January 2017 - The World's Local Bank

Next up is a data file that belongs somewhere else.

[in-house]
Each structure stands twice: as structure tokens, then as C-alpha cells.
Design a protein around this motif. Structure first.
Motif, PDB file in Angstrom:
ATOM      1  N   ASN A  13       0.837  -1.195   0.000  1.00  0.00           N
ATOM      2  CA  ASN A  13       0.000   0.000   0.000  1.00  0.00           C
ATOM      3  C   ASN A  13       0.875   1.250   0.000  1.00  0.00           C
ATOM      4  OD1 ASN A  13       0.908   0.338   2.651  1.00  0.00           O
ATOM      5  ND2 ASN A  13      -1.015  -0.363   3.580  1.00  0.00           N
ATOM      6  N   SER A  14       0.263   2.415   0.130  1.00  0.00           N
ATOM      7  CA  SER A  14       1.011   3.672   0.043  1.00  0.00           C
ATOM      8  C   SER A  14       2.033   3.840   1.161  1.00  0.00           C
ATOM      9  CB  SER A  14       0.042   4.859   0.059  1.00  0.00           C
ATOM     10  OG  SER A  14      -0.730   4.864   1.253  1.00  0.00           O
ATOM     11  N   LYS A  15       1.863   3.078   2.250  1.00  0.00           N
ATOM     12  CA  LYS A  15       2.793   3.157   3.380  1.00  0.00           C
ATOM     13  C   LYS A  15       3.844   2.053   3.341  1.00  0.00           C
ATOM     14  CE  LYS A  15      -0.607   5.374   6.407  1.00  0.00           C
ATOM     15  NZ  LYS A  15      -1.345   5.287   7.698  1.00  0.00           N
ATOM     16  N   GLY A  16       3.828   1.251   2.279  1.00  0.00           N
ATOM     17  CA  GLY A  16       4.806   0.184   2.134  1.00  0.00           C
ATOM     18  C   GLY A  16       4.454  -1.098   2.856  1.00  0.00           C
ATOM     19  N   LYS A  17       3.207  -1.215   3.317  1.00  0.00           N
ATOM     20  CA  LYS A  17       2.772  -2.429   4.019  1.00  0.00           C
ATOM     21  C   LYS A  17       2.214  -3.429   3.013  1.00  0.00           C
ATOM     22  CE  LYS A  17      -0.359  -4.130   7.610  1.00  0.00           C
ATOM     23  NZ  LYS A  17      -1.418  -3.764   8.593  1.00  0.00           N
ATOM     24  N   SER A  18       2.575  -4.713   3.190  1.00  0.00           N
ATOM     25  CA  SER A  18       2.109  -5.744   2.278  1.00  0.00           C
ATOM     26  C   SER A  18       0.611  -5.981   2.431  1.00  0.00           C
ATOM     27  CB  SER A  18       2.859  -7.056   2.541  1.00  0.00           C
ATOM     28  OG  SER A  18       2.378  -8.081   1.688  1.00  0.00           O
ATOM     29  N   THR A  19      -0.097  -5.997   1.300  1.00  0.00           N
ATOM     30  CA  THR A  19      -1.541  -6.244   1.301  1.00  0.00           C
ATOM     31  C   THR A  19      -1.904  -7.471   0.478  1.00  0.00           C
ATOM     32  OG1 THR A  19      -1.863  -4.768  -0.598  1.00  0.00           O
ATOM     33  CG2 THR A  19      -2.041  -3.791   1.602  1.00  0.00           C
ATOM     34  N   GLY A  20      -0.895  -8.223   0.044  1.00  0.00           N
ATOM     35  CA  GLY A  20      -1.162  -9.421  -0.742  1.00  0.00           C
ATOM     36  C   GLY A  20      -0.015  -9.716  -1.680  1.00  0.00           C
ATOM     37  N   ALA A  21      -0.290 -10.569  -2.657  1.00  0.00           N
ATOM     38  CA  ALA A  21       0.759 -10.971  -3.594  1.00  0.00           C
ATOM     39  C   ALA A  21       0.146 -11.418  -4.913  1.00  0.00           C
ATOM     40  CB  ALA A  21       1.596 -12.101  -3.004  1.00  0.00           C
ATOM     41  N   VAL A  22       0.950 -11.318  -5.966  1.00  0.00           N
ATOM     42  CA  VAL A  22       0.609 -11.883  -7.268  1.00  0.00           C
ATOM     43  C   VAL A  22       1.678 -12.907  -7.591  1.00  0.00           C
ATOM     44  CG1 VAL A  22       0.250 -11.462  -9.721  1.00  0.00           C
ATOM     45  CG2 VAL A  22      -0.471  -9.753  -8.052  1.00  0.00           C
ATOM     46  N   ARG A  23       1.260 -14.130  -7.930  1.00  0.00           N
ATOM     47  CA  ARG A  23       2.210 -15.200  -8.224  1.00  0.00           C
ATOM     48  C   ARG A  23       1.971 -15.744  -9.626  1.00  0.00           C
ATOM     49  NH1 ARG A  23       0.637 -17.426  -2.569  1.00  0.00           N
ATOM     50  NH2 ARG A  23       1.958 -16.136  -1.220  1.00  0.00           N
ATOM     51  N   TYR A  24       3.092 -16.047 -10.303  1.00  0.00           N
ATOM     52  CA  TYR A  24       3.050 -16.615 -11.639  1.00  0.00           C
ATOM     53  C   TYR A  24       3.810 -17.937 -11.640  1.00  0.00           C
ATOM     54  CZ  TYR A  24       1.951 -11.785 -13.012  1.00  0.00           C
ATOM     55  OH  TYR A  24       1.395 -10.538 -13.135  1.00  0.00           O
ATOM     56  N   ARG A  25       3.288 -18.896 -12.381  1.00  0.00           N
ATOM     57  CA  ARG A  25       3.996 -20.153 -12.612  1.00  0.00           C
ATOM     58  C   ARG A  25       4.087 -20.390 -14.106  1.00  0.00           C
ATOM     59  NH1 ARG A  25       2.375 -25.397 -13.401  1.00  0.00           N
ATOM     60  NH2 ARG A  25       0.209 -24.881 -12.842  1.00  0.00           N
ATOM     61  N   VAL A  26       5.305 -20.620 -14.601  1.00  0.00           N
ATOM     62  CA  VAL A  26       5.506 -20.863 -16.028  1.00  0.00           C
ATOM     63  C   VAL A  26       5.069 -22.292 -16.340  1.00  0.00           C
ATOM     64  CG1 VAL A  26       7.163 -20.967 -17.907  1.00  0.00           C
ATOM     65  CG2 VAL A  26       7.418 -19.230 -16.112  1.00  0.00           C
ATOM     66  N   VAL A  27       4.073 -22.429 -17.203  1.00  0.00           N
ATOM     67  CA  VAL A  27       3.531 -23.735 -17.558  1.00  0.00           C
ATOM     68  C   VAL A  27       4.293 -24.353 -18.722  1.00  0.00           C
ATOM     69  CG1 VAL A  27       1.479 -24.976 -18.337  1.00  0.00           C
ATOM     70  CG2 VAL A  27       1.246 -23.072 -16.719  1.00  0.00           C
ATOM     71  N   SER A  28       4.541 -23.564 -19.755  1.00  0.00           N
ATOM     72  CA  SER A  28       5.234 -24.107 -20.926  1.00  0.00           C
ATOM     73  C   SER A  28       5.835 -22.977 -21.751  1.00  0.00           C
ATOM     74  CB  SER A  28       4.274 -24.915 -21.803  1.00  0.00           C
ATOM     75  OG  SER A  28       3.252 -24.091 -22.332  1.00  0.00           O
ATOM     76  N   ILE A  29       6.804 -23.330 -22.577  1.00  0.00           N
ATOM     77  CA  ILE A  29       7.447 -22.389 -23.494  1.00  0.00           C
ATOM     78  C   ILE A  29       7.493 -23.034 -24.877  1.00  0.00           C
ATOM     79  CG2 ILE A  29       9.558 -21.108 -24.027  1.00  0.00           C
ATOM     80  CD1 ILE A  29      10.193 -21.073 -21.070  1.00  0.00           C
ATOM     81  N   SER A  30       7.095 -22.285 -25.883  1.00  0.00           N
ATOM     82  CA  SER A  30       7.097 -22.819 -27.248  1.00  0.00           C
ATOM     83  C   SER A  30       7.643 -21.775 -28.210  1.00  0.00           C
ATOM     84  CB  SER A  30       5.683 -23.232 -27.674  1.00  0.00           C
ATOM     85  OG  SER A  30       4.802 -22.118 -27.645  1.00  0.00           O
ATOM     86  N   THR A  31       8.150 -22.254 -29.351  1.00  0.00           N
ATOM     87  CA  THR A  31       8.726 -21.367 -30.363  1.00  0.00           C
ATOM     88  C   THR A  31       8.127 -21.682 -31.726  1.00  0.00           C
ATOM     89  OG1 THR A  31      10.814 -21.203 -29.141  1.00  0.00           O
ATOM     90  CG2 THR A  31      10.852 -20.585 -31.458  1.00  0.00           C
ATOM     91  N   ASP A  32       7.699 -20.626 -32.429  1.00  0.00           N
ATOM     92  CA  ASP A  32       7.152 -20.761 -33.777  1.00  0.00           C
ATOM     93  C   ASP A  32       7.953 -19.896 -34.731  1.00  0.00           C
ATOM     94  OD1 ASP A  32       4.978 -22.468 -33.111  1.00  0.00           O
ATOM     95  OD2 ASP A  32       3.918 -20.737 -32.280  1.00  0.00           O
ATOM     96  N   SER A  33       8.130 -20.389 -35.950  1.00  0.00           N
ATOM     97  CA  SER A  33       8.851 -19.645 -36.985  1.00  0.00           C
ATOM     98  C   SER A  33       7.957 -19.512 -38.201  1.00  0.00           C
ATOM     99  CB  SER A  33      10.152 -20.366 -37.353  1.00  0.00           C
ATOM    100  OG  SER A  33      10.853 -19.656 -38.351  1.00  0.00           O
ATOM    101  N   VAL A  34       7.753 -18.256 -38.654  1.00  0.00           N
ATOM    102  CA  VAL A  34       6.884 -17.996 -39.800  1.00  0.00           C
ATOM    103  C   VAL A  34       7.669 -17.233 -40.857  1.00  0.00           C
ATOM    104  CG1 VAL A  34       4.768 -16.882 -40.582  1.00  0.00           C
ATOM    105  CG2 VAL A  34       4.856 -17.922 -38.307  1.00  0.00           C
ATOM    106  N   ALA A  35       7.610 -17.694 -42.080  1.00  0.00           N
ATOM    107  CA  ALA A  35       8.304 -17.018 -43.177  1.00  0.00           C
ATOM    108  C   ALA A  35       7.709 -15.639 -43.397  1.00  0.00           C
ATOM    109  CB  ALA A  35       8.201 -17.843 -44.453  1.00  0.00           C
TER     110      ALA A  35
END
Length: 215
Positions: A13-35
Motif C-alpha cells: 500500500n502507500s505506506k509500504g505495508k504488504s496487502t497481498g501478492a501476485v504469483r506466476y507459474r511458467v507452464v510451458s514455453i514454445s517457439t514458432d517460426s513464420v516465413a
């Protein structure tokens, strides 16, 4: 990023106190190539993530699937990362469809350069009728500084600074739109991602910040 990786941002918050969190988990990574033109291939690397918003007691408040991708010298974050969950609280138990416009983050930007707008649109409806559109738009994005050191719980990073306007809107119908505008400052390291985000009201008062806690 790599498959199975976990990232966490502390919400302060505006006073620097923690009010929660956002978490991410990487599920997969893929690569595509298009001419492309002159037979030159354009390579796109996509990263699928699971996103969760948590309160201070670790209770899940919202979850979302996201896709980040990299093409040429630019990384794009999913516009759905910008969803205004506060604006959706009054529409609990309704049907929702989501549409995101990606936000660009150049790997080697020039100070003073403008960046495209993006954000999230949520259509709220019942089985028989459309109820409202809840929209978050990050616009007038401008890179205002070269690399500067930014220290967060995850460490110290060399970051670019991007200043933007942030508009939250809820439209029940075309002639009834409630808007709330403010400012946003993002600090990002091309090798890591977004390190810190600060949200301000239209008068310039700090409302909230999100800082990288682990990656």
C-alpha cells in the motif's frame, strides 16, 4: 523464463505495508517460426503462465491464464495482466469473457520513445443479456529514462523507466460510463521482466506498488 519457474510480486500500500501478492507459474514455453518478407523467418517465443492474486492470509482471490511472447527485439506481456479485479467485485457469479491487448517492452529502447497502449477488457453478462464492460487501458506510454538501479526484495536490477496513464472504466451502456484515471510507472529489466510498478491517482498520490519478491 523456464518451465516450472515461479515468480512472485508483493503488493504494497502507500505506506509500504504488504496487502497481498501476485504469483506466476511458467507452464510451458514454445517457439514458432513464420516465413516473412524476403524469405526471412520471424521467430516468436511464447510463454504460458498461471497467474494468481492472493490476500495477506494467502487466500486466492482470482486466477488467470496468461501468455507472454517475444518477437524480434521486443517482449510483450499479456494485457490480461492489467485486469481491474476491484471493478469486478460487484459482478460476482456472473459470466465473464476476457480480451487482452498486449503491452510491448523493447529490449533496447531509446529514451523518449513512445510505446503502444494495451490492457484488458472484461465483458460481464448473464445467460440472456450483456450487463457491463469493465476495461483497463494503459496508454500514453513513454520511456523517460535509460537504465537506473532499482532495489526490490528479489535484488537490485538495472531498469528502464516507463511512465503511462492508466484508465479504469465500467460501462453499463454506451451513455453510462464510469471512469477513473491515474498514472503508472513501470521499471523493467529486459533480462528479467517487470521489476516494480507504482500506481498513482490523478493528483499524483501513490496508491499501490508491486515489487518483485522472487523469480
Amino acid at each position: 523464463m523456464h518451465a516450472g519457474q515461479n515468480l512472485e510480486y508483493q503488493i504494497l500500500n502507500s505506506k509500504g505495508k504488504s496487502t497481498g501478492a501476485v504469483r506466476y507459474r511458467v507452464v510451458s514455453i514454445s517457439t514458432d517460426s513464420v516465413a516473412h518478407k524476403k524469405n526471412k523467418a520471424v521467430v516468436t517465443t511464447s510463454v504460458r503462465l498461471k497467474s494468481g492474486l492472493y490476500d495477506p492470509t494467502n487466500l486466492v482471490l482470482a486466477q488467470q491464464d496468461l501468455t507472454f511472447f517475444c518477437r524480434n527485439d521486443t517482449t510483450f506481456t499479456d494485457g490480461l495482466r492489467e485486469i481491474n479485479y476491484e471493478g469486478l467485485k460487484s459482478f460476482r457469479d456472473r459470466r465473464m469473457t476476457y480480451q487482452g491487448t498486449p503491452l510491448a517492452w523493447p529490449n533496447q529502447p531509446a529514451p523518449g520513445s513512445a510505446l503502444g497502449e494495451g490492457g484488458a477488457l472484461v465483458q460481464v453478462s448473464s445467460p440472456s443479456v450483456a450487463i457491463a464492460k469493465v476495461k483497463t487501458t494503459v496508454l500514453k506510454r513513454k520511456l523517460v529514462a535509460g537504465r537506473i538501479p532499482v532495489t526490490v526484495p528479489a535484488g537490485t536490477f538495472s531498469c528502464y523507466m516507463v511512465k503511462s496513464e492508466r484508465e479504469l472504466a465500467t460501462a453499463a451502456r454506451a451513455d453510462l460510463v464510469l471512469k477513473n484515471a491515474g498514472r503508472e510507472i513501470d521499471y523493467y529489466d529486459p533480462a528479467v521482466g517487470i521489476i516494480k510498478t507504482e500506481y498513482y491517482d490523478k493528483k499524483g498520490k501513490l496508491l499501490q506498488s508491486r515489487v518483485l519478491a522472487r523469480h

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TH E M R EP O RT | 51 O R I G I NAT I O N S E R V I C I N G DATA G O V E R N M E N T S E C O N DA R Y M A R K E T DATA THE LATEST What Will Happen with Affordability in 2017? Affordability could come into jeopardy in 2017, and NAR Chief Economist calls on builders to help salvage it. T ight inventory has kept upward pressure on home prices, but affordability has been sustained for much of 2016 by solid job growth and near- record low mortgage rates. But now that mortgage rates are on the way back up, what will happen to affordability in 2017? Home sales already slowed down in the third quarter, accord - ing to the National Association of Realtors (NAR), because supply has not kept up with sales. "If mortgage rates start to rise heading into next year, prospec - tive buyers could face weakening affordability conditions in their market unless supply dramatically improves," NAR Chief Economist Lawrence Yun said. "That's why it's absolutely imperative that home builders ramp up the produc - tion of more single-family homes to meet demand and slow price growth." A study of 27 markets from using NAR's third-quar - ter data for median home prices and's third-quarter aver- age 30-year FRM found that the most affordable market, based on the salary required to afford the base cost of owning a home (prin - cipal, interest, taxes, and insurance) was Pittsburgh, where a salary just shy of $32,000 can buy a median- priced home of $140,000 with an interest rate of 3.49 percent. Markets in the Midwest (Cleveland, Cincinnati, St. Louis, Detroit) ranked two through five behind Pittsburgh for most affordable. The least affordable market was San Francisco. Four of the six least affordable markets were in California. "(Affordability) is dependent upon what type of job growth is available in the area, what type of income growth is available in the area, how the housing market is comprised in that area—is there more or less housing stock that's available," said Keith Grumbinger, VP of "And you look at some of the most affordable areas, and you can tell that these are heavily industrial areas that have had net population outflows over many years. Essentially, there's a lot of housing stock available relative to the number of folks that are looking to buy homes, and that has improved affordability to a very real degree in those areas." Part of the reason the supply has been so low is because of the large number of homes bought by investors in the last couple of years and then turned into rental housing, according to Grumbinger. Some of those homes could get flipped back into marketplace when the investor decides to sell, which could create additional inventory. While Yun said it is imperative for builders to create more single- family inventory, will that actu - ally happen? Grumbinger said he doesn't see a lot of new inventory being built in 2017 due to a variety of issues, including a lack of build - able land, a lack of opportunity to build large divisions, and the fact that the most populous markets are already "packed." Now that mortgage rates are ris - ing again, Grumbinger said, "Low mortgage rates can no longer offset quickly rising home prices. With income growth modest in most marketplaces, or at least on the aggregate, income growth being modest, we think that affordability is slowly being eroded as we go. That's becoming increasingly as much of a problem as is a lack of inventory for homebuyers that want to buy homes."

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